The various mode of transmission of HBV include unprotected sexual intercourse, intravenous drug abuse, transfusion of infected blood, horizontal transmission in childhood, perinatal transmission from infected mother to the baby and occupational exposure especially among health-care providers. According to centre for disease control 1992 report, heterosexual intercourse and transfusion of hepatitis B infected blood rank highest among the risk factors responsible for HBV transmission in adulthood while perinatal transmission from infected mothers ranks highest in newborns in endemic regions. This study aimed at determining the seroprevalence of Hepatitis B surface antigen among the staffs of Federal Medical centre, Umuahia, a South eastern Nigerian Tertiary Hospital. Also, possible risk factors and challenges in diagnosis of HBV in this region will be explored in this study.

Methodology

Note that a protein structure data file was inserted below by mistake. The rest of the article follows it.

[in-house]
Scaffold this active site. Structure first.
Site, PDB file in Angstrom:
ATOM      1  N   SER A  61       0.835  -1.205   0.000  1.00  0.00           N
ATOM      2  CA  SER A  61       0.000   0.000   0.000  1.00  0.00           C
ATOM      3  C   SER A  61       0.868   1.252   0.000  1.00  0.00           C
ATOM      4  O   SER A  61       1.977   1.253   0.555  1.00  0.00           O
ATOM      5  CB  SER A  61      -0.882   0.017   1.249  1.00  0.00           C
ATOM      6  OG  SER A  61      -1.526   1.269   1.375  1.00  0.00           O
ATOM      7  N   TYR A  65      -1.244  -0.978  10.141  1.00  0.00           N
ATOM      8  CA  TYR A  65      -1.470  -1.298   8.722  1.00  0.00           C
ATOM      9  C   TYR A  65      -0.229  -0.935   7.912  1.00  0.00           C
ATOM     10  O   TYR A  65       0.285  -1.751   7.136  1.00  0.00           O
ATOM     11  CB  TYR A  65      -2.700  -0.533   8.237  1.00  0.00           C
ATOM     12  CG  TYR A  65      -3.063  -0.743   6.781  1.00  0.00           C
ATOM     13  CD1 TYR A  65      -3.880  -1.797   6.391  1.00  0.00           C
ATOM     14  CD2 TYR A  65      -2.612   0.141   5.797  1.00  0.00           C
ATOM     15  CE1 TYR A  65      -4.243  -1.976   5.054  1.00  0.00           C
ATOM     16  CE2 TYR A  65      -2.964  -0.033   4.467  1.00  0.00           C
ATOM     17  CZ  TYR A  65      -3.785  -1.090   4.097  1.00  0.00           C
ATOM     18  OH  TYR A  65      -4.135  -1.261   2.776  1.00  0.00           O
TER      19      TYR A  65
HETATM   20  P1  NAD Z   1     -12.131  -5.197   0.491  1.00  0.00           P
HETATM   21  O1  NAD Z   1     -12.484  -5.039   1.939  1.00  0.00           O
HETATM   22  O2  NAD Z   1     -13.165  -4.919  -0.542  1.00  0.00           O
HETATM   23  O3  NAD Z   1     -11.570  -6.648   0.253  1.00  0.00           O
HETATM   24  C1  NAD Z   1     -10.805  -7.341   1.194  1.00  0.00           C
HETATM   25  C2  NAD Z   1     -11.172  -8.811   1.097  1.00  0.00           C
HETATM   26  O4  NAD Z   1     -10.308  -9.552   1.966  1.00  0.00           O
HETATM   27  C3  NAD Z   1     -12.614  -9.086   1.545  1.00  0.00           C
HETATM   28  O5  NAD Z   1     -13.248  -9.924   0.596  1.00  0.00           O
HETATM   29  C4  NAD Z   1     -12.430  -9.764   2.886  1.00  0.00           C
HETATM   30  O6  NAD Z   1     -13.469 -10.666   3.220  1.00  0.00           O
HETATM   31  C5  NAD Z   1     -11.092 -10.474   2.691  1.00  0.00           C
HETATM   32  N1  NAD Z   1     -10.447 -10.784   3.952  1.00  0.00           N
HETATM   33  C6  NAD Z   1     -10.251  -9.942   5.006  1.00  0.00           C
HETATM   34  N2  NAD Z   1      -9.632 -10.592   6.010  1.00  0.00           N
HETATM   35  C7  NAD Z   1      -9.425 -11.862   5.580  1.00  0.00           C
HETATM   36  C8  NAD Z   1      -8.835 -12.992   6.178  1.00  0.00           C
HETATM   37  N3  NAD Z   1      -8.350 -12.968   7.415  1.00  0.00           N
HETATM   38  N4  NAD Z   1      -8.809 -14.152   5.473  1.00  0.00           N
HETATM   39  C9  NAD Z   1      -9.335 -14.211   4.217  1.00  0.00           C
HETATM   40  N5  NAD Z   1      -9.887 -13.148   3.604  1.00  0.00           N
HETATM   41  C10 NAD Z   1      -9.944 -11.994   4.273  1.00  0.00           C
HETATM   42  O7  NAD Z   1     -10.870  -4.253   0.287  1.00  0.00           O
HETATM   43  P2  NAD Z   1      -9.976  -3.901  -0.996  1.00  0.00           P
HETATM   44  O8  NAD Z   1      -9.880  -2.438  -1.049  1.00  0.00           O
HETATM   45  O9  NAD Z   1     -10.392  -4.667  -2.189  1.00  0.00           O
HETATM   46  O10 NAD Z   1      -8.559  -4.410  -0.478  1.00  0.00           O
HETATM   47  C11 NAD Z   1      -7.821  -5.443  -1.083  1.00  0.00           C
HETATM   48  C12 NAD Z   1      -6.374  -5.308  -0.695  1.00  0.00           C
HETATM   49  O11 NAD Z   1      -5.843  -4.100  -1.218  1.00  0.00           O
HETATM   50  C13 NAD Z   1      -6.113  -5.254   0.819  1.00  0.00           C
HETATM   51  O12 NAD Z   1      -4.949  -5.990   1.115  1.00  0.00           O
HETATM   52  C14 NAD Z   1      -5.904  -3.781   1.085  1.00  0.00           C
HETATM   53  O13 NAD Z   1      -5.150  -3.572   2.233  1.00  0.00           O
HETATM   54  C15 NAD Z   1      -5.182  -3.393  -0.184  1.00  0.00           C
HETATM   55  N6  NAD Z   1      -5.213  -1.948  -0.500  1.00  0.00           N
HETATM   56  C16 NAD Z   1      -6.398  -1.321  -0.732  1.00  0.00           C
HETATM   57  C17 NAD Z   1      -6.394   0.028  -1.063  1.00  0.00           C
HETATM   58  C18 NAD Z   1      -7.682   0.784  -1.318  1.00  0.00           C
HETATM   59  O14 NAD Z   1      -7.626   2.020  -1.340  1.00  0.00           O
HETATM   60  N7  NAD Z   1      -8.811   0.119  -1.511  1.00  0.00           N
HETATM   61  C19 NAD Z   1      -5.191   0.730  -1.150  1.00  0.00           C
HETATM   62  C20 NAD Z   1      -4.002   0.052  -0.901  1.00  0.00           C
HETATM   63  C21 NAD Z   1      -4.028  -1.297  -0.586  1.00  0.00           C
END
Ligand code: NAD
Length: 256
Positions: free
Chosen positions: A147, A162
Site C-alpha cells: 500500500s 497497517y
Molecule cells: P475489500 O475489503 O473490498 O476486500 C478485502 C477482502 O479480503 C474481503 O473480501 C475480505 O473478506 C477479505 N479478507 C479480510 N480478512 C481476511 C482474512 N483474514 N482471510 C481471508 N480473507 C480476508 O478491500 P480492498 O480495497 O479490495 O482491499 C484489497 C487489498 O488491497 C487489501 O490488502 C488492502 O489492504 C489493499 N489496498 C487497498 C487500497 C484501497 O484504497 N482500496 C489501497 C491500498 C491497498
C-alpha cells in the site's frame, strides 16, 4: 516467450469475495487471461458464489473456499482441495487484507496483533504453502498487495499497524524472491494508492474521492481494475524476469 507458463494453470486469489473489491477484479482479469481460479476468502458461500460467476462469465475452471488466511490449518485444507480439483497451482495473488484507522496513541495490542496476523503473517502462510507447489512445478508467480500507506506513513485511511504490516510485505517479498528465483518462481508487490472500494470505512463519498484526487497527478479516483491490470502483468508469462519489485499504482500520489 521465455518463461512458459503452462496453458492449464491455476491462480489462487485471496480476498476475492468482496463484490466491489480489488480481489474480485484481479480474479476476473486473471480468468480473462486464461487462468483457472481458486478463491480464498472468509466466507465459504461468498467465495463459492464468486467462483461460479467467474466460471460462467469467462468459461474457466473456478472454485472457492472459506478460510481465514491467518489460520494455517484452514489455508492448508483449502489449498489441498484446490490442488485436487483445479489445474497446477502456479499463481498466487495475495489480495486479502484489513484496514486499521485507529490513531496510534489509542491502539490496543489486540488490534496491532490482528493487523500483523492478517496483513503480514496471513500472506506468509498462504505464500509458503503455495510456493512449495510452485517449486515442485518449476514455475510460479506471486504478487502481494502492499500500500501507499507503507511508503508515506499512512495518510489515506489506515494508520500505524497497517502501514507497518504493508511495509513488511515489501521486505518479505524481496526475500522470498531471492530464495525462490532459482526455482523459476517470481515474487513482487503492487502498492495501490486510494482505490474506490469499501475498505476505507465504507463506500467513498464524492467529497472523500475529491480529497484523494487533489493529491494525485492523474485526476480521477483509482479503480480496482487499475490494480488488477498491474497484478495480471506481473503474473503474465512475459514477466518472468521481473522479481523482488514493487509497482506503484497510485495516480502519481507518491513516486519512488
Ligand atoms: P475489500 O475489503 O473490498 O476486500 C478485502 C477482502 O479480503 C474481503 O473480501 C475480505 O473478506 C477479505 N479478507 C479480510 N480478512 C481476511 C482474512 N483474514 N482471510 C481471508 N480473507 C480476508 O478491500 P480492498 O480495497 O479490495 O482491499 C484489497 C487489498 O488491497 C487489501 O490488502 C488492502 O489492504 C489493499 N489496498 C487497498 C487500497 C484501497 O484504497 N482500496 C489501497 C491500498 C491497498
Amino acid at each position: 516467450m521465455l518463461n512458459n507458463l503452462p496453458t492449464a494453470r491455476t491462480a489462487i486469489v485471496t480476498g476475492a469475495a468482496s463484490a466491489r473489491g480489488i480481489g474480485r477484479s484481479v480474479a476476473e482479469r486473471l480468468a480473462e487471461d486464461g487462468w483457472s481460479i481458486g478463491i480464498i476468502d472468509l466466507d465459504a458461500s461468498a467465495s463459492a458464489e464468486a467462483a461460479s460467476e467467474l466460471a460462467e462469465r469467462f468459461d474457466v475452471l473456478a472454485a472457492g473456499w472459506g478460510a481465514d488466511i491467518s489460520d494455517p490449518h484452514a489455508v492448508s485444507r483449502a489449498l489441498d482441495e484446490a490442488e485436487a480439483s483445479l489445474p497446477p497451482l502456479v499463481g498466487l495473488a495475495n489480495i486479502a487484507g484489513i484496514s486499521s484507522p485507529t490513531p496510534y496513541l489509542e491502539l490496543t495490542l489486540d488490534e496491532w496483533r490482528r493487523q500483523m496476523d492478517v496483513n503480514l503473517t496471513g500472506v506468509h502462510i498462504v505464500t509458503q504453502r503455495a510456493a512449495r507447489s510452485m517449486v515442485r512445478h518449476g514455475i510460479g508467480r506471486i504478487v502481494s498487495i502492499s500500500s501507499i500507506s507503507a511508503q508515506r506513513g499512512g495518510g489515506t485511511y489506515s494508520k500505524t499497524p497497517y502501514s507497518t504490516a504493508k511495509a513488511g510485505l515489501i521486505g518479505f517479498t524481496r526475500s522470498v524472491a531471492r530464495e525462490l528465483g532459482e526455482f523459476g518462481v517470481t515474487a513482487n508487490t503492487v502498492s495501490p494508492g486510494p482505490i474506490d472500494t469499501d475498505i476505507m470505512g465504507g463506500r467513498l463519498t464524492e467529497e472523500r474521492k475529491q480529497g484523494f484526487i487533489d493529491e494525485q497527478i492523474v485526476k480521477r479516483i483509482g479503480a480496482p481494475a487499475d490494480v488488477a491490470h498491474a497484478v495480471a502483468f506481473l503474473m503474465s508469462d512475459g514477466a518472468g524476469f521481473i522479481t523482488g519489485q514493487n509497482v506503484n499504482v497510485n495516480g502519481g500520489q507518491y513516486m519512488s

This cross sectional study was conducted at the Department of Hematology, Federal Medical Centre, Umuahia, Abia state Nigeria during the period of June, 2013 after duly obtaining ethical clearance from the same hospital. A total of 275 staffs of Federal Medical Center, Umuahia who gave consent to participate in the study were recruited. The inclusion criterion was that the participant must be a staff of Federal Medical Centre, Umuahia. Participants who were recently immunized against HBsAg were excluded from the study. The bio-data which include personal and demographic information such as age, sex as well as medical history regarding risk factors and all other relevant information were collected with the aid of pretested self-administered questionnaire to the consenting participant who met the inclusion and exclusion criteria. Each participant completed a serially numbered questionnaire administered by the researcher after being duly informed on the intended study. The study was at no cost to the participants. Confidentiality of participant information was also maintained.